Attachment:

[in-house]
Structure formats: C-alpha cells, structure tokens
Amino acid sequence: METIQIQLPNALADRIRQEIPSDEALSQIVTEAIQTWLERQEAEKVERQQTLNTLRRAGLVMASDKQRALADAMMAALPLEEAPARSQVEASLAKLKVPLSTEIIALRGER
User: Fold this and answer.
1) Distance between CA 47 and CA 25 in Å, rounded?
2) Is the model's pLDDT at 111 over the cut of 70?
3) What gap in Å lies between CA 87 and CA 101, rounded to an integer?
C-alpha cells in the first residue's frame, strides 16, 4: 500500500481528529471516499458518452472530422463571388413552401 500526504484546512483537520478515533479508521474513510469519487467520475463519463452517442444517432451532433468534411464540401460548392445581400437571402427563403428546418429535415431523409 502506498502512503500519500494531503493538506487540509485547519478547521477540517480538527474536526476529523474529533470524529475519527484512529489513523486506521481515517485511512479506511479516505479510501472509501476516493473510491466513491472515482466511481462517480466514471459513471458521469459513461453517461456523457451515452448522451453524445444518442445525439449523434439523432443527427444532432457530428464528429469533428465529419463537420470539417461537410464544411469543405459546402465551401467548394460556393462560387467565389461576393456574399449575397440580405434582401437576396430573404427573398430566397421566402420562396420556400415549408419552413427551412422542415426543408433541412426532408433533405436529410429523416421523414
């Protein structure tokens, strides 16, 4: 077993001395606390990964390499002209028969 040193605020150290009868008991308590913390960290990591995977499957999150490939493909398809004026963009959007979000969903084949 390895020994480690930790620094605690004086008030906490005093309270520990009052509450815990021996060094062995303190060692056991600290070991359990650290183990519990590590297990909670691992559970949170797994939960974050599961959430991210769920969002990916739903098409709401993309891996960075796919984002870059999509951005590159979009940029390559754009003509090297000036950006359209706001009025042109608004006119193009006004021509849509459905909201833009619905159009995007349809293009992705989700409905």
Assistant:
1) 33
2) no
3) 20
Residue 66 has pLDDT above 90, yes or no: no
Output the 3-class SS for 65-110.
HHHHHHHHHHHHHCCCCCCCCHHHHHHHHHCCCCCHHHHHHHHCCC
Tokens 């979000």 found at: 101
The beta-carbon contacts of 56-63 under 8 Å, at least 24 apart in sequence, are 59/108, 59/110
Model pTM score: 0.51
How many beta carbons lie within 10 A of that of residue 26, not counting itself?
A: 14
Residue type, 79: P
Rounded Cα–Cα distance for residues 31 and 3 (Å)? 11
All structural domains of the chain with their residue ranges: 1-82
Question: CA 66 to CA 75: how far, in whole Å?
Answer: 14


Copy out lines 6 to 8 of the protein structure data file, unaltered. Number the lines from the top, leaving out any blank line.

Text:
2) Is the model's pLDDT at 111 over the cut of 70?
3) What gap in Å lies between CA 87 and CA 101, rounded to an integer?
C-alpha cells in the first residue's frame, strides 16, 4: 500500500481528529471516499458518452472530422463571388413552401 500526504484546512483537520478515533479508521474513510469519487467520475463519463452517442444517432451532433468534411464540401460548392445581400437571402427563403428546418429535415431523409 502506498502512503500519500494531503493538506487540509485547519478547521477540517480538527474536526476529523474529533470524529475519527484512529489513523486506521481515517485511512479506511479516505479510501472509501476516493473510491466513491472515482466511481462517480466514471459513471458521469459513461453517461456523457451515452448522451453524445444518442445525439449523434439523432443527427444532432457530428464528429469533428465529419463537420470539417461537410464544411469543405459546402465551401467548394460556393462560387467565389461576393456574399449575397440580405434582401437576396430573404427573398430566397421566402420562396420556400415549408419552413427551412422542415426543408433541412426532408433533405436529410429523416421523414